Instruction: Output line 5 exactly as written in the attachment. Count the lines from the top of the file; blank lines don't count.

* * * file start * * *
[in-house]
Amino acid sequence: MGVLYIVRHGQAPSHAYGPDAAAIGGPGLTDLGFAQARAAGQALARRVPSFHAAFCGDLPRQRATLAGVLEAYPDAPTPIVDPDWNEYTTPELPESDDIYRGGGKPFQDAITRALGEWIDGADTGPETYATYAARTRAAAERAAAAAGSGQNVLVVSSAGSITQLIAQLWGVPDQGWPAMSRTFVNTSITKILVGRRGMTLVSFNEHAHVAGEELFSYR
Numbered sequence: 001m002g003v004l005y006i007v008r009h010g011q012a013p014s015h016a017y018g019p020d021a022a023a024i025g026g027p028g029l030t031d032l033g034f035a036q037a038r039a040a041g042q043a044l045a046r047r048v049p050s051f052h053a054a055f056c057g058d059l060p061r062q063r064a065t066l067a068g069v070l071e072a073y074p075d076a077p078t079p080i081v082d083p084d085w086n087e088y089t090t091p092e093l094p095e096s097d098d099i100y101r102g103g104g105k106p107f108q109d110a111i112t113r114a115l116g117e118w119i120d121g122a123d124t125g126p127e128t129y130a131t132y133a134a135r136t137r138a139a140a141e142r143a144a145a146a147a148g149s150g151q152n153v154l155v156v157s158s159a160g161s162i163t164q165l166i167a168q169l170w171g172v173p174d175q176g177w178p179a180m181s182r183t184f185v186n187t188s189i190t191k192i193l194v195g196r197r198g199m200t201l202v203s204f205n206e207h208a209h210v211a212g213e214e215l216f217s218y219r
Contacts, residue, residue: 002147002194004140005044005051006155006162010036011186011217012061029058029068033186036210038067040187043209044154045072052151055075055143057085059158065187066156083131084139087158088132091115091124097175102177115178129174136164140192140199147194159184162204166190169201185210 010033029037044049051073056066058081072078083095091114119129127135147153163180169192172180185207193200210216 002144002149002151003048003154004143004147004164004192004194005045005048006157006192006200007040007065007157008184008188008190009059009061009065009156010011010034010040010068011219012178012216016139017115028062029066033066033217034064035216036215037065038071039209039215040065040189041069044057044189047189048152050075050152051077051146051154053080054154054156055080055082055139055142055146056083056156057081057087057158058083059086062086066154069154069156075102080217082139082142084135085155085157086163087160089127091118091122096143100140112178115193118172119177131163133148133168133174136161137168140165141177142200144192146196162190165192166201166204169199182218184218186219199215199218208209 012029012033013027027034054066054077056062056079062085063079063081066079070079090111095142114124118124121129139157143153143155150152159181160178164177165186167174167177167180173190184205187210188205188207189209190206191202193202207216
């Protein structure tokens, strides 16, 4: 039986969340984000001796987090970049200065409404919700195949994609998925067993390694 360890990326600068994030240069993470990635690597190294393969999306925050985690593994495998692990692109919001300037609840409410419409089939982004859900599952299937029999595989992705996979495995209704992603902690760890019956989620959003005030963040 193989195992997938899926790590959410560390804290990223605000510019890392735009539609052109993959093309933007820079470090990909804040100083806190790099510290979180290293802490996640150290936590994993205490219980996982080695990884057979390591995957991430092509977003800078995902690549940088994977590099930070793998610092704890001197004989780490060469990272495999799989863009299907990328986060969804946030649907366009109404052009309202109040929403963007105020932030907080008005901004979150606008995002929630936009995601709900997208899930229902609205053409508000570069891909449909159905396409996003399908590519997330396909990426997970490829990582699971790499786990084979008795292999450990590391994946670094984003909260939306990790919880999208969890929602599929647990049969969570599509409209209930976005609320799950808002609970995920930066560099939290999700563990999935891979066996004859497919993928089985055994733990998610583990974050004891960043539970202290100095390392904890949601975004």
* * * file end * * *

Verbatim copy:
């Protein structure tokens, strides 16, 4: 039986969340984000001796987090970049200065409404919700195949994609998925067993390694 360890990326600068994030240069993470990635690597190294393969999306925050985690593994495998692990692109919001300037609840409410419409089939982004859900599952299937029999595989992705996979495995209704992603902690760890019956989620959003005030963040 193989195992997938899926790590959410560390804290990223605000510019890392735009539609052109993959093309933007820079470090990909804040100083806190790099510290979180290293802490996640150290936590994993205490219980996982080695990884057979390591995957991430092509977003800078995902690549940088994977590099930070793998610092704890001197004989780490060469990272495999799989863009299907990328986060969804946030649907366009109404052009309202109040929403963007105020932030907080008005901004979150606008995002929630936009995601709900997208899930229902609205053409508000570069891909449909159905396409996003399908590519997330396909990426997970490829990582699971790499786990084979008795292999450990590391994946670094984003909260939306990790919880999208969890929602599929647990049969969570599509409209209930976005609320799950808002609970995920930066560099939290999700563990999935891979066996004859497919993928089985055994733990998610583990974050004891960043539970202290100095390392904890949601975004």